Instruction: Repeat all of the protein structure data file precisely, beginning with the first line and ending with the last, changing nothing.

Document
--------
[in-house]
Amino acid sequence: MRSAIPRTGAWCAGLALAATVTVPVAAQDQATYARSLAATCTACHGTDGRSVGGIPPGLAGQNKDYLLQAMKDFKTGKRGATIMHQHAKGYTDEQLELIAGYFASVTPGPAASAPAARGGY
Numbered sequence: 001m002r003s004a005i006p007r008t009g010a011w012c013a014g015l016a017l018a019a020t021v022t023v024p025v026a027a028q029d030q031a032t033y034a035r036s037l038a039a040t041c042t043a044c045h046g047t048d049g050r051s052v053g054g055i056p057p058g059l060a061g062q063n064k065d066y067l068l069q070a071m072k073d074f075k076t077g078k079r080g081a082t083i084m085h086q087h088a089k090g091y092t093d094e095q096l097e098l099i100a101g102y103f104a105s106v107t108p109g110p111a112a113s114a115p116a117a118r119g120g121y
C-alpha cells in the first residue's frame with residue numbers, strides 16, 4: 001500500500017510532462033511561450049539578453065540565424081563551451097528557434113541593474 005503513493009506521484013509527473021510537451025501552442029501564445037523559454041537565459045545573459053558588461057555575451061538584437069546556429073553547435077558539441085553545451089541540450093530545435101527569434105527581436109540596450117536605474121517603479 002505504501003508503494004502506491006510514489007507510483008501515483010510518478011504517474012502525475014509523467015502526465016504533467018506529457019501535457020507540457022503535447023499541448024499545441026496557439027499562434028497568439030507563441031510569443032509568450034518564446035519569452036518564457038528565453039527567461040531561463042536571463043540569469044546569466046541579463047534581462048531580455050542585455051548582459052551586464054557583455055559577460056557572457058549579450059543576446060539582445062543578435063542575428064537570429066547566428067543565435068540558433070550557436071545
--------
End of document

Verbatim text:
[in-house]
Amino acid sequence: MRSAIPRTGAWCAGLALAATVTVPVAAQDQATYARSLAATCTACHGTDGRSVGGIPPGLAGQNKDYLLQAMKDFKTGKRGATIMHQHAKGYTDEQLELIAGYFASVTPGPAASAPAARGGY
Numbered sequence: 001m002r003s004a005i006p007r008t009g010a011w012c013a014g015l016a017l018a019a020t021v022t023v024p025v026a027a028q029d030q031a032t033y034a035r036s037l038a039a040t041c042t043a044c045h046g047t048d049g050r051s052v053g054g055i056p057p058g059l060a061g062q063n064k065d066y067l068l069q070a071m072k073d074f075k076t077g078k079r080g081a082t083i084m085h086q087h088a089k090g091y092t093d094e095q096l097e098l099i100a101g102y103f104a105s106v107t108p109g110p111a112a113s114a115p116a117a118r119g120g121y
C-alpha cells in the first residue's frame with residue numbers, strides 16, 4: 001500500500017510532462033511561450049539578453065540565424081563551451097528557434113541593474 005503513493009506521484013509527473021510537451025501552442029501564445037523559454041537565459045545573459053558588461057555575451061538584437069546556429073553547435077558539441085553545451089541540450093530545435101527569434105527581436109540596450117536605474121517603479 002505504501003508503494004502506491006510514489007507510483008501515483010510518478011504517474012502525475014509523467015502526465016504533467018506529457019501535457020507540457022503535447023499541448024499545441026496557439027499562434028497568439030507563441031510569443032509568450034518564446035519569452036518564457038528565453039527567461040531561463042536571463043540569469044546569466046541579463047534581462048531580455050542585455051548582459052551586464054557583455055559577460056557572457058549579450059543576446060539582445062543578435063542575428064537570429066547566428067543565435068540558433070550557436071545